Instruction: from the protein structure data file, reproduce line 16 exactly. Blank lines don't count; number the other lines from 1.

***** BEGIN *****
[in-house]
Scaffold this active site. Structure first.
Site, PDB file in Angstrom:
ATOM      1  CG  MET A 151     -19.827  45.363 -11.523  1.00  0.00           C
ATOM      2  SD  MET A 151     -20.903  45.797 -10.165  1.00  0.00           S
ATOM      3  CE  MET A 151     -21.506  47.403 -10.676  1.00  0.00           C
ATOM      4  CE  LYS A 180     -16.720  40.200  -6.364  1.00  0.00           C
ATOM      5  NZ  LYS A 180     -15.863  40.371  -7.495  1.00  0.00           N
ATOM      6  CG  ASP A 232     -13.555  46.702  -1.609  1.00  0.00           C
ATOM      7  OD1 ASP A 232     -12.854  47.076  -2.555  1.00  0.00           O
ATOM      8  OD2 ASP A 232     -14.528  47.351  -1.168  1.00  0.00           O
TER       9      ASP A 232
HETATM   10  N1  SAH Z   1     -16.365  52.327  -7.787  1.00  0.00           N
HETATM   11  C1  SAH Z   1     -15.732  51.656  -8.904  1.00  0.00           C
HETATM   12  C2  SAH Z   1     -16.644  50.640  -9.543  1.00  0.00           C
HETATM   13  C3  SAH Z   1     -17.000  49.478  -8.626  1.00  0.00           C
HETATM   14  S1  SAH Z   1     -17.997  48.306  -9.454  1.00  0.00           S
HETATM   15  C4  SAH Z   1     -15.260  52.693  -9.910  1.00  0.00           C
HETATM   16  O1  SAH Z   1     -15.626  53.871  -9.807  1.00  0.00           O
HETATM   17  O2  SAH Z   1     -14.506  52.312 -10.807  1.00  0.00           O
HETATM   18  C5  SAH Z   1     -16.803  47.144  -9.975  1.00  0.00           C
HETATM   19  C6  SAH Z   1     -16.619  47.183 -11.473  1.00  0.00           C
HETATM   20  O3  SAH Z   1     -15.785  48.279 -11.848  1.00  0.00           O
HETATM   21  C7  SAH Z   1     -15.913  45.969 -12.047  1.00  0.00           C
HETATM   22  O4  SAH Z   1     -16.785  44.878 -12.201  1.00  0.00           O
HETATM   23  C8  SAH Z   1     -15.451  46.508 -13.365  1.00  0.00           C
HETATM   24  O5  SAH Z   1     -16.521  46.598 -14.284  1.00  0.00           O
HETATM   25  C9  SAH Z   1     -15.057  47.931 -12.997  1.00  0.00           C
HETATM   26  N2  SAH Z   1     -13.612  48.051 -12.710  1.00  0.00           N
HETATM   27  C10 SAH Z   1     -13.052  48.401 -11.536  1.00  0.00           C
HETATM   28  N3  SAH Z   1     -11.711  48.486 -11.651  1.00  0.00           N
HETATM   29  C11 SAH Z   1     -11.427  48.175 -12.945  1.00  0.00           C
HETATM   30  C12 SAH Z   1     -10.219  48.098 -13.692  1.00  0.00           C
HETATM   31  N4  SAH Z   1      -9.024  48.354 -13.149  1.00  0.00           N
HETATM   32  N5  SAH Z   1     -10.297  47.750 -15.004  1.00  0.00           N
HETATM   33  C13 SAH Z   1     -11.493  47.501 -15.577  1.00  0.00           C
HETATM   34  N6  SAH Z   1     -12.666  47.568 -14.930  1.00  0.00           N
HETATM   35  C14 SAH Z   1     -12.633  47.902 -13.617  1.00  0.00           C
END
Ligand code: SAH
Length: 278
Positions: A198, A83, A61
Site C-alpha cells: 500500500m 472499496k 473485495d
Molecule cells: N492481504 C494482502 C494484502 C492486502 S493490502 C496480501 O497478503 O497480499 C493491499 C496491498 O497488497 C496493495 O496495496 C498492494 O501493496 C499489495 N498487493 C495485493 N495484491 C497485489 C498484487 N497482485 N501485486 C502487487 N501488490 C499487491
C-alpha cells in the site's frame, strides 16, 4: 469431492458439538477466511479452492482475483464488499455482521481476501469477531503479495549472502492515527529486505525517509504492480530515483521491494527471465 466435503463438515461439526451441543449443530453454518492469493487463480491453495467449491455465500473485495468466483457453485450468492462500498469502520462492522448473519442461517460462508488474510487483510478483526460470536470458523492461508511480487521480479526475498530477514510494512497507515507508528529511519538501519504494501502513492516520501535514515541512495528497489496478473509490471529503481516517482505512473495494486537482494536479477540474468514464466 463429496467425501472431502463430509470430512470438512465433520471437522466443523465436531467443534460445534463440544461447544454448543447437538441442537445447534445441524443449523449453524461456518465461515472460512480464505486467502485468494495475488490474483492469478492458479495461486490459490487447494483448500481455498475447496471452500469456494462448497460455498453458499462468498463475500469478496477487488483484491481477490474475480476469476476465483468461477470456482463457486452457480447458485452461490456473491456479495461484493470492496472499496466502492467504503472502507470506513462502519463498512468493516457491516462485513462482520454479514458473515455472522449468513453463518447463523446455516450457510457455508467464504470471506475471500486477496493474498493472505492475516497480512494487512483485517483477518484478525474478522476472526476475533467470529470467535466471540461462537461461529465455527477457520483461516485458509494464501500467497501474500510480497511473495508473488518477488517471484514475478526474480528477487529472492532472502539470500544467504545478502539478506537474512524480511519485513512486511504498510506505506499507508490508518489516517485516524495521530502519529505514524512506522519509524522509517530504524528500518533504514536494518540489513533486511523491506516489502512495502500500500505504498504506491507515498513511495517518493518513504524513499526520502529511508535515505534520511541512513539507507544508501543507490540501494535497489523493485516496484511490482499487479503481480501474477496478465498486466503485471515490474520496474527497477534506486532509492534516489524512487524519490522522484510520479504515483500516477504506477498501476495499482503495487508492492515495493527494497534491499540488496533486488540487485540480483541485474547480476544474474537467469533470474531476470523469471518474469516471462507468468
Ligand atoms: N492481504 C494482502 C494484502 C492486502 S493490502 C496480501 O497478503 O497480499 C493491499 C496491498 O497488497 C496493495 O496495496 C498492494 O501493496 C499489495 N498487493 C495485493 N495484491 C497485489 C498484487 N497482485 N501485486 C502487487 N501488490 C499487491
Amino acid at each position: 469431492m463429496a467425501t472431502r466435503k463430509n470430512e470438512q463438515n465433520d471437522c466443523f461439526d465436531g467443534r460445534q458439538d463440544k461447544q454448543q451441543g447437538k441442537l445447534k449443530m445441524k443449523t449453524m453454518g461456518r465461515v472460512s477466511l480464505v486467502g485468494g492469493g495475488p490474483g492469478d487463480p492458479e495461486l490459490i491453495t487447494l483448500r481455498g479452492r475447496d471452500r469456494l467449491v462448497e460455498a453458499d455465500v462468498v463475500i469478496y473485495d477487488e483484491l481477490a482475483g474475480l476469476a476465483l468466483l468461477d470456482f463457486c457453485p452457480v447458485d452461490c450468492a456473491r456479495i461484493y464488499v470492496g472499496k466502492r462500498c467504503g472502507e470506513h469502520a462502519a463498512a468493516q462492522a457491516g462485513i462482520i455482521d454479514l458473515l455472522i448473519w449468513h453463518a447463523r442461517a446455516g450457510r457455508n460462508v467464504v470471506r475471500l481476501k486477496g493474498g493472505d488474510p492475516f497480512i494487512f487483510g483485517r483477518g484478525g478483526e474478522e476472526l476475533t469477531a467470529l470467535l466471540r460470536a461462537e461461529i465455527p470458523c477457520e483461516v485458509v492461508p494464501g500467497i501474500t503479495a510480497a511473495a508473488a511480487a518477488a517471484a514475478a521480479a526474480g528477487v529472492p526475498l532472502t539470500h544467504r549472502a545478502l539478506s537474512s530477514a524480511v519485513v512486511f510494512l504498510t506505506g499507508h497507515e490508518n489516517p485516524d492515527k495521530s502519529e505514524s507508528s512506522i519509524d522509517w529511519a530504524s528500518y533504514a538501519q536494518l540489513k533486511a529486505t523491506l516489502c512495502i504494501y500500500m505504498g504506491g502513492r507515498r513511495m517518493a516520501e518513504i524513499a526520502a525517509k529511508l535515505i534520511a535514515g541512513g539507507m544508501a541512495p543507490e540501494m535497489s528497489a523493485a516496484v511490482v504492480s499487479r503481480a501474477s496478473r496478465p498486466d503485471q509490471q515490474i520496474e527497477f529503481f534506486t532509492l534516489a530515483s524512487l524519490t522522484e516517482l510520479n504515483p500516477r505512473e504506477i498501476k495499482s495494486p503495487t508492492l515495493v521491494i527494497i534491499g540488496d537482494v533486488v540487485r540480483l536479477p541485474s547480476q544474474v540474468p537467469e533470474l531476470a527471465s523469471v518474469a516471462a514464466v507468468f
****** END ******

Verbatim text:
HETATM   13  C3  SAH Z   1     -17.000  49.478  -8.626  1.00  0.00           C